Devon Baroque at Dartington Great Hall (review)

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Devon Baroque at Dartington Great Hall

Devon Baroque’s decision to sandwich two contrasting cantatas between two Orchestral Suites in this all-Bach programme at Dartington Great Hall proved an astute piece of programming, even if it necessitated a little extra scene-shifting.

Opening with the Suite No 1, here was a taut, well-balanced performance, where the unique qualities of each dance movement were finely pointed, and all taken at a brisk, though perfectly-managed tempo.

Soprano Amy Carson proved an accomplished soloist in Praise ye God in every nation, where the robust trumpet obbligato from David Staff succeeded in reinforcing the work’s essential joyful sentiment.

Julian Rippon’s fine baritone voice conveyed the poignant emotion of Ich habe genug with slightly greater empathy, admirably assisted by Gail Hennesy’s perfectly-poised oboe-playing.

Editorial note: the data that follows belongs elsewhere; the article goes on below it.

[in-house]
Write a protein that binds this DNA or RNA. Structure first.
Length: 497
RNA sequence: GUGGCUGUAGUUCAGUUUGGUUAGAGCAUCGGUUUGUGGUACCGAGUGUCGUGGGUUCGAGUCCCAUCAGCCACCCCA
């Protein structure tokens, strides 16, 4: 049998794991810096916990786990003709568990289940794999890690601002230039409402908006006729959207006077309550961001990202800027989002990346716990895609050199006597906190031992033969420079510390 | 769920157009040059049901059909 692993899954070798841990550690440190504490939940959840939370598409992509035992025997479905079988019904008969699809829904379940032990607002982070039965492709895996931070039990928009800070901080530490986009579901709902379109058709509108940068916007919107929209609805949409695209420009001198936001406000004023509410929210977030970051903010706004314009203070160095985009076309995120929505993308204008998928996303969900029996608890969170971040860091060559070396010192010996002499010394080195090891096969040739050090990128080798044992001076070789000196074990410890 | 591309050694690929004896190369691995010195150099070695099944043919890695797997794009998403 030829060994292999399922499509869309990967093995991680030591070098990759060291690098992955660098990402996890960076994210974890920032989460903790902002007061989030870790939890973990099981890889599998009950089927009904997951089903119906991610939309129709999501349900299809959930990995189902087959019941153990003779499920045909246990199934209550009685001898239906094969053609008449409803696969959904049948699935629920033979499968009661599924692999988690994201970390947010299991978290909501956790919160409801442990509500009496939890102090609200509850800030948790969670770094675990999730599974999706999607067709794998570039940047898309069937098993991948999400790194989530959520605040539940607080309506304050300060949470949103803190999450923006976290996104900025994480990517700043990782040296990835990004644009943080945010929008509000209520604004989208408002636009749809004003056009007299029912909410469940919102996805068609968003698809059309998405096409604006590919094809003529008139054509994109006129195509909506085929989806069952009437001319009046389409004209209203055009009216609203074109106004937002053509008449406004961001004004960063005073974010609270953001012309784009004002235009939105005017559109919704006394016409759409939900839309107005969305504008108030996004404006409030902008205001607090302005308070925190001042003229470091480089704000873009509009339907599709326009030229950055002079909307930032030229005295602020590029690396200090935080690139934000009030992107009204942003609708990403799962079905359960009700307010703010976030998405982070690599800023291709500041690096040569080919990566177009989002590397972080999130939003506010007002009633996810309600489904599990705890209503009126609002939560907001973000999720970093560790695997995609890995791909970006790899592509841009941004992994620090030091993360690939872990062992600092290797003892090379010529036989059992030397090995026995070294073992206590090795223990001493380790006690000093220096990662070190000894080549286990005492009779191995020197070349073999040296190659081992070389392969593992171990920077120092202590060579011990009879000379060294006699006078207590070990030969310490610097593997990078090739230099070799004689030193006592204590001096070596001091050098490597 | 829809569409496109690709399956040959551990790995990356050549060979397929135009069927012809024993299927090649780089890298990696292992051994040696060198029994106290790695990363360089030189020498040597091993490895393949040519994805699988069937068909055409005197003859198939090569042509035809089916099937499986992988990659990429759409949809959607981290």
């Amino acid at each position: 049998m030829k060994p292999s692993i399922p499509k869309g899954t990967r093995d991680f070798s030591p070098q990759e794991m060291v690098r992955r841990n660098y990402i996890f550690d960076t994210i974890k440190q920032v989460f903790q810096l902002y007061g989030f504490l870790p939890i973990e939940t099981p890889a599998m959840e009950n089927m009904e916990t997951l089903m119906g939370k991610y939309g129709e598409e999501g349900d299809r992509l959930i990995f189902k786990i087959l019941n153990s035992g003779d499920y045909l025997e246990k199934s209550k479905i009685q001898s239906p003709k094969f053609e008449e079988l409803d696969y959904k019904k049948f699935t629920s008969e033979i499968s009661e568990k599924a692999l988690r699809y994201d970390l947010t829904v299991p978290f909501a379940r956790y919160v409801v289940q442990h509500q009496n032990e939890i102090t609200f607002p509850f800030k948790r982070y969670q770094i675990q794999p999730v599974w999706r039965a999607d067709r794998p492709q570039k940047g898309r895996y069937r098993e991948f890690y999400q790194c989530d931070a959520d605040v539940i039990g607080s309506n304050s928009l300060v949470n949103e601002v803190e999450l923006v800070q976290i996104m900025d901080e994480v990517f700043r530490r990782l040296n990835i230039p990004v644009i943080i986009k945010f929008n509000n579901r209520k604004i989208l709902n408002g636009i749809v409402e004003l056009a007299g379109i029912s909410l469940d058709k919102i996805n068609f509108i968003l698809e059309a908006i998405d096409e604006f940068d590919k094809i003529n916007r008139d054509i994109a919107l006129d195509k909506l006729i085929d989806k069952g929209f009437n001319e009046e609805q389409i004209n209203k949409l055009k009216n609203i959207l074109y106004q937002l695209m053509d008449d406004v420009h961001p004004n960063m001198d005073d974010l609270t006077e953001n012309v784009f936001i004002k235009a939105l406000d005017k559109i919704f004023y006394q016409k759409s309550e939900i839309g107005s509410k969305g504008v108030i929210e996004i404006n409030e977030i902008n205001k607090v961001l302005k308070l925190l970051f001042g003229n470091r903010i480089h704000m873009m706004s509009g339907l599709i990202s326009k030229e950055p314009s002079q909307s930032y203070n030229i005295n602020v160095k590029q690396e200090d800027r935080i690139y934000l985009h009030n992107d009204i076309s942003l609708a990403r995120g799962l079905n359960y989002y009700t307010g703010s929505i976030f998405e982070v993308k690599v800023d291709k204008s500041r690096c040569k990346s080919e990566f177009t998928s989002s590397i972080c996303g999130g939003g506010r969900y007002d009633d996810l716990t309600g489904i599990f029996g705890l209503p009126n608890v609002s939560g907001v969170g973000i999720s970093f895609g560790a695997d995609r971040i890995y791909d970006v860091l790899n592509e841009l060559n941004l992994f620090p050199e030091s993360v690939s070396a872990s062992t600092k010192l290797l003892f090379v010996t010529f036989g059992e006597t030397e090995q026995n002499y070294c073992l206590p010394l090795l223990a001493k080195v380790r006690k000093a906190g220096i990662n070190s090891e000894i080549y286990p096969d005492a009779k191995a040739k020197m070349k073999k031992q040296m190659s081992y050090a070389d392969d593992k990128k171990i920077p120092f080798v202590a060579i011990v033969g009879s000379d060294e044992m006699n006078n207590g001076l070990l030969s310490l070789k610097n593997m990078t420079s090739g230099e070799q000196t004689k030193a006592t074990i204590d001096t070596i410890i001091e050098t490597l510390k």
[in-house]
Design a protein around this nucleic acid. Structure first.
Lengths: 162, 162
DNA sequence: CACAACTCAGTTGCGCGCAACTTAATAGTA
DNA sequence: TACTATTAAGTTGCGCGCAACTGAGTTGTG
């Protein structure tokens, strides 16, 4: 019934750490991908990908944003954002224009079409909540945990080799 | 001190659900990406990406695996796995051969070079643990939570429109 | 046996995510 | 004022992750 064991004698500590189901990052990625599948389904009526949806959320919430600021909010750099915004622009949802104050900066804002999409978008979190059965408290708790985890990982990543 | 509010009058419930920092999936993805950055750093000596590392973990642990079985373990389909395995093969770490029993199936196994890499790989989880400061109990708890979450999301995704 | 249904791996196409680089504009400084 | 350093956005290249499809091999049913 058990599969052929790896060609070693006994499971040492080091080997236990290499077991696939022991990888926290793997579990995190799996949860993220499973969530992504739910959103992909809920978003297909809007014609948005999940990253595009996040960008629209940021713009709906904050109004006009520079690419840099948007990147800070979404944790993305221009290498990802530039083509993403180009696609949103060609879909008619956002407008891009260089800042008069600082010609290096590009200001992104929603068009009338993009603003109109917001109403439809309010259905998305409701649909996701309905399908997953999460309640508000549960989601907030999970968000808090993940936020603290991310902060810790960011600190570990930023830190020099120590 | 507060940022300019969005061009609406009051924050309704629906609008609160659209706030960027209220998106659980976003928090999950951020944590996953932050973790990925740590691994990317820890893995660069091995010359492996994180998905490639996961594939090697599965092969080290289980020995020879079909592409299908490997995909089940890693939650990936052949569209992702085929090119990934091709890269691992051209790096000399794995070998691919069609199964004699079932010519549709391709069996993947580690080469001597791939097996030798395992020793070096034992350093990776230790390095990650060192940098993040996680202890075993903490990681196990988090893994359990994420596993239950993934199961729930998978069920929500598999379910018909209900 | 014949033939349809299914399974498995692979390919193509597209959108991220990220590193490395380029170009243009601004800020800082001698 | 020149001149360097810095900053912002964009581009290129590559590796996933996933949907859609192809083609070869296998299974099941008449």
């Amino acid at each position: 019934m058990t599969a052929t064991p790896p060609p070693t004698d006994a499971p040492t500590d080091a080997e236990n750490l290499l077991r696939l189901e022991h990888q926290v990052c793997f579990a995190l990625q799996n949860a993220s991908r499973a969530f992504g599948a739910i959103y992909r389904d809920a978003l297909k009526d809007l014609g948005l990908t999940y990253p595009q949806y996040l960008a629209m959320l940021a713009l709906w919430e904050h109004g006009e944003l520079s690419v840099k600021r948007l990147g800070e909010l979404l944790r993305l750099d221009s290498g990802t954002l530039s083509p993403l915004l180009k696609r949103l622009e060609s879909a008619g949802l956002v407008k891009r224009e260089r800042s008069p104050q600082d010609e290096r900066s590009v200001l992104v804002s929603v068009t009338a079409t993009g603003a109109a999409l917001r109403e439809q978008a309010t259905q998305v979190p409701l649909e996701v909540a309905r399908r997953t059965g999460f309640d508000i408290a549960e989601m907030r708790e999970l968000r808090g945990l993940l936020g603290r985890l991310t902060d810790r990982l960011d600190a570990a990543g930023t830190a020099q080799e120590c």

Bach’s Suite No 3 in D emerged as arguably the concert’s highlight, and brought out one of the most exuberant performances from the ensemble to date, especially with the added woodwind, brass and timpani, all to the delight of the capacity audience.

Devon Baroque would seem to have found the ideal leader in violinist Persephone Gibbs, whose total understanding with director and harpsichordist Jonathan Watts is evident throughout.

Never dominating the proceedings, Persephone provided the essential link between director and performers, and clearly helped to engender such an obviously enjoyable playing environment.


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